If people lie, or misdirect focus to things that never happened, or reported to have happened differently that what is factual, arguments about equity and consideration would make no sense, and guilt could never be presumed beyond reasonable doubt.  In other words, the system would fail.

What you’d have left would be ruthless gangs struggling for power, and expect those gangs once they get such authority, to render each and every civil right of the individual now protected by the constitution null and void.  Yet we have come to accept this pattern to exist and be “the way things are” in the Congress, the Senate, and in the legislative bodies of all fifty states.

How is it then, that we have come to expect, almost without exception, those who ask that they be allowed to hold the sacred trust of public office to be liars, when we’d send a common citizen to jail for committing perjury?  Why is it that “freedom of speech” be construed to allow misinformation that equals slander, deception, and even the cover-up of criminal behavior when the intent of it is so harmful to the public, when it is not to be allowed in the private sector?  So how is it that perjury, or the equivalent of it, is allowed in politics?

Why should politics enjoy such an immunity, when your local service station is not allowed to lie about the number of gallons their meter says you’re pumping?  Folks, this all goes way beyond differences of opinion, or even differences of interpretation of statutes.  It is by all rational, moral, and any ethical sense, criminal behavior based on bandit decisions.

Further, how is it that we have laws on the books that allow private citizens to put their phone number on a “No Call” list that exempts these political liars, and all of their favor-purchasing friends who wish to call on the politician’s behalf?  Don’t they realize most intelligent people are offended by this practice?  Is that the presumption?  They should only have to worry about offending the smart people?  What does that say about their opinions of the the people they are supposed to represent?  Unfortunately, I suspect that indictment might stand up under rather superficial scrutiny.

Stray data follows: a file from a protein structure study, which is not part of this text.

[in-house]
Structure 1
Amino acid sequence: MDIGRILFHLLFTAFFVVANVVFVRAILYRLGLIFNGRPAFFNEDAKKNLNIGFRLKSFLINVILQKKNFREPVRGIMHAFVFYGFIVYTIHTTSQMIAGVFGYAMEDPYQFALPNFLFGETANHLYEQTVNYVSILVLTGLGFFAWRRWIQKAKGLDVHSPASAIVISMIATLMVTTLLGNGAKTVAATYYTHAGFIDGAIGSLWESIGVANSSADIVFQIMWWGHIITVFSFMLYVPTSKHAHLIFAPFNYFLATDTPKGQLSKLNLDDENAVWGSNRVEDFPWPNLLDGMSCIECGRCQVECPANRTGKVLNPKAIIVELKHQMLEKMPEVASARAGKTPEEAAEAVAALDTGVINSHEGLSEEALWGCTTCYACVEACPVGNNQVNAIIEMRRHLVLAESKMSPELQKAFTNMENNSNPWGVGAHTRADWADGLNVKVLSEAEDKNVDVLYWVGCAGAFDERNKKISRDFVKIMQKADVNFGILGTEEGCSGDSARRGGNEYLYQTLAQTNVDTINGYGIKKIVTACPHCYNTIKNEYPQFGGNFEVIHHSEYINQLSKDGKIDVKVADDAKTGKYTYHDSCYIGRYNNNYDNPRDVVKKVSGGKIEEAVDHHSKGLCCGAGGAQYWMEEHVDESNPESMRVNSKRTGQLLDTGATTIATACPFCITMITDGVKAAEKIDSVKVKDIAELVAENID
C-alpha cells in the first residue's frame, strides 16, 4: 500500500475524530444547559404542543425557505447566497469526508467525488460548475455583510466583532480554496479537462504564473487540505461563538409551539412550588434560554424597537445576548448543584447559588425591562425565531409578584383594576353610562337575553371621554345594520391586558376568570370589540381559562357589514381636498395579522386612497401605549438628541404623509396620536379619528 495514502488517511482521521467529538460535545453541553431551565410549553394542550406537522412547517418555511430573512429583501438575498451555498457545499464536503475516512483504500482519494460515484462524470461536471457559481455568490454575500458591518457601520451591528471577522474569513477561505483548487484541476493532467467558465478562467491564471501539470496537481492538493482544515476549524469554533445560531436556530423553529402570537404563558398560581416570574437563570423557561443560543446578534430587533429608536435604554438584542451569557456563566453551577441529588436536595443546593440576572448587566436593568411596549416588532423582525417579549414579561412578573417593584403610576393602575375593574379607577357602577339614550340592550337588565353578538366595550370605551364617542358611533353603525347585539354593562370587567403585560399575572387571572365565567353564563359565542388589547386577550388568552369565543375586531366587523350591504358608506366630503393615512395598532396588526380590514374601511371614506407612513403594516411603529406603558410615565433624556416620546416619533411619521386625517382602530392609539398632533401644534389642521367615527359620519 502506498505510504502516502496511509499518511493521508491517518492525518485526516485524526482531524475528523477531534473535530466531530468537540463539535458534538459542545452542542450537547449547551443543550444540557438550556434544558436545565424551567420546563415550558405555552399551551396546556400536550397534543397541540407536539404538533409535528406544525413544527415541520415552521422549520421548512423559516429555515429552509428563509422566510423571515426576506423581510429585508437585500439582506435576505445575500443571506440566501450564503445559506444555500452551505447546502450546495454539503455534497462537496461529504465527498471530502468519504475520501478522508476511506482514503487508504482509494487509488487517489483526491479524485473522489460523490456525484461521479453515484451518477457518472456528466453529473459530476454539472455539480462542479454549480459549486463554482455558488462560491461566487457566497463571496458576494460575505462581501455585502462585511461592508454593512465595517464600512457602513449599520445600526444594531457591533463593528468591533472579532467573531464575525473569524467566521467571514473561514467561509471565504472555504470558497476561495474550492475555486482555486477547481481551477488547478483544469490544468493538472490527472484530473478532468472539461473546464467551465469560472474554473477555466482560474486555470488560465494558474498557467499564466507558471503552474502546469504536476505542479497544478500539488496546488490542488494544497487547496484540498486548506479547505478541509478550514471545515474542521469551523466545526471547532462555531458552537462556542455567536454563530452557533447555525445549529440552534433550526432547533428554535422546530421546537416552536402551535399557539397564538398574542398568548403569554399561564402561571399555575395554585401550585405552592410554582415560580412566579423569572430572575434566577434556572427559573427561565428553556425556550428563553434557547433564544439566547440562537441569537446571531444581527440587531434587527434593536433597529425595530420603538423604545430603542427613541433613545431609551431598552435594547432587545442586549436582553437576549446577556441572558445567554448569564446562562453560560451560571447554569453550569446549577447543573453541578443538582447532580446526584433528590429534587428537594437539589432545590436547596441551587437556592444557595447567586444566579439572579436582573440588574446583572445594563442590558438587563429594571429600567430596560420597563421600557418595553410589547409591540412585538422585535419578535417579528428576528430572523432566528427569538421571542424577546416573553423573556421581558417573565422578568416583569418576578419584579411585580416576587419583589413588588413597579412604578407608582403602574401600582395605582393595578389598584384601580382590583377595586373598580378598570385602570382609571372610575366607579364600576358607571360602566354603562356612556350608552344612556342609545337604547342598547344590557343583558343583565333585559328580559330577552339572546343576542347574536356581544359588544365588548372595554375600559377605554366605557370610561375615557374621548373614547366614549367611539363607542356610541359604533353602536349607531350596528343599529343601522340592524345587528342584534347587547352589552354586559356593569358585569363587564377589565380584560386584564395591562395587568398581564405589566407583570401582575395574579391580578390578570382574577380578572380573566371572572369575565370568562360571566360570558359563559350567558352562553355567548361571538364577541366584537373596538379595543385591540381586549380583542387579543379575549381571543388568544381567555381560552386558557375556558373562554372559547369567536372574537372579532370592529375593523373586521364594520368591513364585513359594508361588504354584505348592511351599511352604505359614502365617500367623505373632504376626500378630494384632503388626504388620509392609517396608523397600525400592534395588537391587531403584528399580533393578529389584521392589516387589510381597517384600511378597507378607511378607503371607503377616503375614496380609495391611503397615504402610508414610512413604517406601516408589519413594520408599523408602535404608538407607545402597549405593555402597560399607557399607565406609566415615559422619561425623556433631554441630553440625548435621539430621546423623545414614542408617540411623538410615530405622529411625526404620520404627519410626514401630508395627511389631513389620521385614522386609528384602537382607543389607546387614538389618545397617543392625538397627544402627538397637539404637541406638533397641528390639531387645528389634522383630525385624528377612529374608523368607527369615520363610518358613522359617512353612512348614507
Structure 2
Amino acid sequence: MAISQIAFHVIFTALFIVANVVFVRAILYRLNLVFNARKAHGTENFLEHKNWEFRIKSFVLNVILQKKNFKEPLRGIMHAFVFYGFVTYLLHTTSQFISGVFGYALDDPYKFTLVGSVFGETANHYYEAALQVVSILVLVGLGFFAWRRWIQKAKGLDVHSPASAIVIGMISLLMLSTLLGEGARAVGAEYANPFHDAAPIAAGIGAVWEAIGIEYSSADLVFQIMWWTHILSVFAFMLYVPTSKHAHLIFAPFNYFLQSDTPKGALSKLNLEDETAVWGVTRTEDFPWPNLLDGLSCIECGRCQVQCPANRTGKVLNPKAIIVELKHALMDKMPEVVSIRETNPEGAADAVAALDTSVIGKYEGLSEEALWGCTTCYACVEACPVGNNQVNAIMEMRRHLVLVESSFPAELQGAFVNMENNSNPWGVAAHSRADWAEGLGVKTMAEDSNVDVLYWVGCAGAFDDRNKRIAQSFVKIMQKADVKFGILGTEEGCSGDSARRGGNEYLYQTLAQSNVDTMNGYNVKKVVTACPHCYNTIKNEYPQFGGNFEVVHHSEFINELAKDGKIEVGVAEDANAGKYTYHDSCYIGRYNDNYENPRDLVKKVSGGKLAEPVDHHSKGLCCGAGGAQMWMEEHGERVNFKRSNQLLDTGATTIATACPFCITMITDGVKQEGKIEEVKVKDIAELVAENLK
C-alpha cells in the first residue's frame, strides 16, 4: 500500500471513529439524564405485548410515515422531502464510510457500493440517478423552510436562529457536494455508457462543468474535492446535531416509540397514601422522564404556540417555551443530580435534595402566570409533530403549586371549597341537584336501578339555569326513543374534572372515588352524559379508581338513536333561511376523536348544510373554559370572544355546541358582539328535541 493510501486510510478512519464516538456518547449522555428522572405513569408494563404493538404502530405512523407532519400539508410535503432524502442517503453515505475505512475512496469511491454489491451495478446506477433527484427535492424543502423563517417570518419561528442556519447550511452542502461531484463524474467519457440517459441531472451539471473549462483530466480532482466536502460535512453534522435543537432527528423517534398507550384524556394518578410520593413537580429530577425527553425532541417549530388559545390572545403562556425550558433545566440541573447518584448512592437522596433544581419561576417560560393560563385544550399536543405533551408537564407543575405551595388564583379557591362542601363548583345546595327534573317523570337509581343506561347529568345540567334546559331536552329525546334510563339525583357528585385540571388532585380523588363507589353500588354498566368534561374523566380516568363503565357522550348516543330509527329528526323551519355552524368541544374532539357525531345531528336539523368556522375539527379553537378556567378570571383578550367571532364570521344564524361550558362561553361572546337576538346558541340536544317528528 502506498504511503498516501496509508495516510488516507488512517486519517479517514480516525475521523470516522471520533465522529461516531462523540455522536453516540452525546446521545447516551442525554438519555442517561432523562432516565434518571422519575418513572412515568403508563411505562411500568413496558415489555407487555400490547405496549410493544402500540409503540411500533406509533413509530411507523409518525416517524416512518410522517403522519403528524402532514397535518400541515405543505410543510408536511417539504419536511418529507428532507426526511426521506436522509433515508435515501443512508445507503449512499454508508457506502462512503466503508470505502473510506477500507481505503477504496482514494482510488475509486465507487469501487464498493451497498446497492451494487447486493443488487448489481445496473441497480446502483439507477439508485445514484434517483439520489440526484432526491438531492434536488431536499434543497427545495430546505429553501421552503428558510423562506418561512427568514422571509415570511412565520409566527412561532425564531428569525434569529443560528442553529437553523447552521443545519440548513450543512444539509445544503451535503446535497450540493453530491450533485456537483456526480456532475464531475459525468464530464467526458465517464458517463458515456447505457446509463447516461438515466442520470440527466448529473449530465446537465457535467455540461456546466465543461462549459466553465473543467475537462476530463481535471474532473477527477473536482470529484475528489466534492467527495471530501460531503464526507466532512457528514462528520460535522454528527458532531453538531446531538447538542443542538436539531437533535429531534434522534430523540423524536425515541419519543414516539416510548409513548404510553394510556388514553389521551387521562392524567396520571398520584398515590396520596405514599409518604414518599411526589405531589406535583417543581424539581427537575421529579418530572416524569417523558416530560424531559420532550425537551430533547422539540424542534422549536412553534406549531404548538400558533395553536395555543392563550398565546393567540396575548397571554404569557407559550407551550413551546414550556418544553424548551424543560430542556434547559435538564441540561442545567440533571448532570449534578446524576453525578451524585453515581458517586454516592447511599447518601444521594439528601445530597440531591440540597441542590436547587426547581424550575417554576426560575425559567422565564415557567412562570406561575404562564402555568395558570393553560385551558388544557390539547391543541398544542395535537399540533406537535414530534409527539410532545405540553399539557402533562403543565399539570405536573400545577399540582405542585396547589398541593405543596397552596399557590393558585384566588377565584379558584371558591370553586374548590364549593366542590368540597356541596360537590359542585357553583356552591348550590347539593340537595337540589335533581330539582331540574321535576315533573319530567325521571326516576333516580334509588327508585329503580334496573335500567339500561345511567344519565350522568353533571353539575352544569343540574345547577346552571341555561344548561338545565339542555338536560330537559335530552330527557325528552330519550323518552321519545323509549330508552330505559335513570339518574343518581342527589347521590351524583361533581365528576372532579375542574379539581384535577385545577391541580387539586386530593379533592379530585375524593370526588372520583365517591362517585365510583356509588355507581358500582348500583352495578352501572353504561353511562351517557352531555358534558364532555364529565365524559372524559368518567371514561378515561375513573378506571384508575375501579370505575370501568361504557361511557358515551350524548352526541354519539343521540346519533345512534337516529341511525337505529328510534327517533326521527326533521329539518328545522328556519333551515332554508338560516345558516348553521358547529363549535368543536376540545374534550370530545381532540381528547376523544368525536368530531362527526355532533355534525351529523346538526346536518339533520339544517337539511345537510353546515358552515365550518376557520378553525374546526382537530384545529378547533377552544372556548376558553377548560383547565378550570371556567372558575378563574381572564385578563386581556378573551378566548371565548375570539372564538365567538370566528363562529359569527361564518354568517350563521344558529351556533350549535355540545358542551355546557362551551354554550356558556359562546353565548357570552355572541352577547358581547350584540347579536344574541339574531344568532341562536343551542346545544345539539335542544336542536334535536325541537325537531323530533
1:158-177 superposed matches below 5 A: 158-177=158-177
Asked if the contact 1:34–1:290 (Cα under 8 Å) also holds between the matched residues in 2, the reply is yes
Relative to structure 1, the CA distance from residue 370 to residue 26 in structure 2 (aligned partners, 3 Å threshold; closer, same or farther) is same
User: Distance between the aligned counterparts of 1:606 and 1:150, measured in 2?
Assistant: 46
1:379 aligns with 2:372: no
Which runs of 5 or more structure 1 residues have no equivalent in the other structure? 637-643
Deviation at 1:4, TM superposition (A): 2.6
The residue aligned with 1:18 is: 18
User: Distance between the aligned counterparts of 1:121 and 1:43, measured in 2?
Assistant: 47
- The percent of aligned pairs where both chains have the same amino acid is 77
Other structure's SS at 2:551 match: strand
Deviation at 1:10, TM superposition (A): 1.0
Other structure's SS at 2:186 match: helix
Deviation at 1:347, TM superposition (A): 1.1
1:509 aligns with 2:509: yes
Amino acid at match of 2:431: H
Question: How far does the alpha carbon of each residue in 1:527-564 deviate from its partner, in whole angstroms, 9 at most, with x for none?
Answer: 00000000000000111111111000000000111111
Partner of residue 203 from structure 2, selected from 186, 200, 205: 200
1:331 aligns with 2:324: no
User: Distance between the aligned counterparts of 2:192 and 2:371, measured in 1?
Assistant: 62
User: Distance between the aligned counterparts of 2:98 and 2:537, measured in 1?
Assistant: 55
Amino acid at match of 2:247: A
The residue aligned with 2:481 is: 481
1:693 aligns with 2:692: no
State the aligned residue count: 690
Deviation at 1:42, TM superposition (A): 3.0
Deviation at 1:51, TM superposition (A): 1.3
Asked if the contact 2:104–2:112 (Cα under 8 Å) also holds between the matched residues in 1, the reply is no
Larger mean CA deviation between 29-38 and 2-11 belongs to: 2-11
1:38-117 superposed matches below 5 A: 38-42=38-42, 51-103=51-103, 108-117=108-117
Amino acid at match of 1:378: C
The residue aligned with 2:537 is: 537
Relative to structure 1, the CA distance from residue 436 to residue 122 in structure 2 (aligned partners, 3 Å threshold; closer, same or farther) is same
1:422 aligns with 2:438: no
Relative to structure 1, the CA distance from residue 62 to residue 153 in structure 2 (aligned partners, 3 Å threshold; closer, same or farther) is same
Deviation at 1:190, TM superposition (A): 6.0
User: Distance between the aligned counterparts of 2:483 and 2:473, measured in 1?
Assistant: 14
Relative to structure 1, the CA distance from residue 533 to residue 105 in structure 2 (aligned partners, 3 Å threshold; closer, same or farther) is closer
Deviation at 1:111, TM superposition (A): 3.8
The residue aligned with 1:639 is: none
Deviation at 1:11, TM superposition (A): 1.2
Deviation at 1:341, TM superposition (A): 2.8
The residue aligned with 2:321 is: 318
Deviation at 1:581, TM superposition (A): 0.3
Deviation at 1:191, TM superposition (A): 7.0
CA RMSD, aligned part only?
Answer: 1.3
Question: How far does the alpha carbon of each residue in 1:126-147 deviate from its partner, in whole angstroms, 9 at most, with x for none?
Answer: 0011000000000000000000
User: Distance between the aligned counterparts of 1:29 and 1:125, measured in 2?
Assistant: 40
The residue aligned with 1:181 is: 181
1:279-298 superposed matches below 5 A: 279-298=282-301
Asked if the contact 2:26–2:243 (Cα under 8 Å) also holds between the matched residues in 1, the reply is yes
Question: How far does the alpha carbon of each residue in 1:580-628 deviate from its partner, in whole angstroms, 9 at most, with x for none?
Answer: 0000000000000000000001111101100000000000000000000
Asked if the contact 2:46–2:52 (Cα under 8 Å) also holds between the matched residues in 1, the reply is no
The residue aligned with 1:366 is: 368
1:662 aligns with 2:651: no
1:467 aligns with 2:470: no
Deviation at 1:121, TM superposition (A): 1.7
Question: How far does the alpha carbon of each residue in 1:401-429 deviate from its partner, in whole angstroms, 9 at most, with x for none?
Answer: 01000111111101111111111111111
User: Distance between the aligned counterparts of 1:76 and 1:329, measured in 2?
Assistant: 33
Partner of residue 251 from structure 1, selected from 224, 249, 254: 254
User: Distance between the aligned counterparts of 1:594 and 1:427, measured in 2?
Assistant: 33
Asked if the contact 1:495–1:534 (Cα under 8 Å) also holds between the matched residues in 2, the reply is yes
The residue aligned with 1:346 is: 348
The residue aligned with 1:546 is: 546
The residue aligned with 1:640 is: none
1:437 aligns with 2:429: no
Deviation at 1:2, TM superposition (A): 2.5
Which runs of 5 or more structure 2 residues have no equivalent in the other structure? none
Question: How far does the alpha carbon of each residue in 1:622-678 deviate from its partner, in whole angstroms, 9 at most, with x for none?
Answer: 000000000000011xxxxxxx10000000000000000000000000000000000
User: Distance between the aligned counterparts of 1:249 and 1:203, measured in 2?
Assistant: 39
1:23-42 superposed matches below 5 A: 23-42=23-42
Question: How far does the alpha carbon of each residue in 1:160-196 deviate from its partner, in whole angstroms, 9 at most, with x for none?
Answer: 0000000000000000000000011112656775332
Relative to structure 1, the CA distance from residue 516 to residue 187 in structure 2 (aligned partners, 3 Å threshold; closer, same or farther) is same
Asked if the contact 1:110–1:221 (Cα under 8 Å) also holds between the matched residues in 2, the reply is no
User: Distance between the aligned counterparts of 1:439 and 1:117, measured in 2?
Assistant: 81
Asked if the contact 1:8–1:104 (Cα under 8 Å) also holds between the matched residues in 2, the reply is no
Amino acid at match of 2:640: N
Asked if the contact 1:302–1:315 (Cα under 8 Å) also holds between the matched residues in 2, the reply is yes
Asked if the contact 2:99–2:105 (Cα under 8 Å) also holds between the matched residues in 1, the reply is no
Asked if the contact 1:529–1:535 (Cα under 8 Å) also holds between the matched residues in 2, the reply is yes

We all are aware by now, the “No Call” list is a joke.  The FCC is underfunded and understaffed, and state law enforcement agencies don’t have enough time or money as it is to even pursue all the violent crimes reported to them.  So, nobody is going to stop the people who’ve been calling you multiple times a week for the past several years to tell you “this is your last chance to change to lower the interest rate on your credit card account” even though the caller has no idea what your interest rate is, or who your account is with.  Further, the statement that it’s your “last chance” is a lie.  They will not stop the callers who intend to defraud you by implying you’ve won some free service (that may only cost you a few thousand bucks to accept).

So, don’t expect phone companies, all of whom make huge profits just because the sky is blue on occasion, or government offices, where if any real work takes place at all, is done by a staff of clerks who are often not paid very well, and live in the fear of offending somebody who “donates” to some powerful authority figure.  The system is corrupt, and broken possibly beyond reasonable repair.

Here are a few more thought you might care to note:

If you’ve voted in recent elections, I’d imagine you get junk mail often from the offices of people you have voted for.  Oh, you also get mail from their opposition, but haven’t you recognized that the majority of it seems to indicate the way you voted in a “secret ballot” process somehow does not seem to have remained much of a secret?  Imagine that!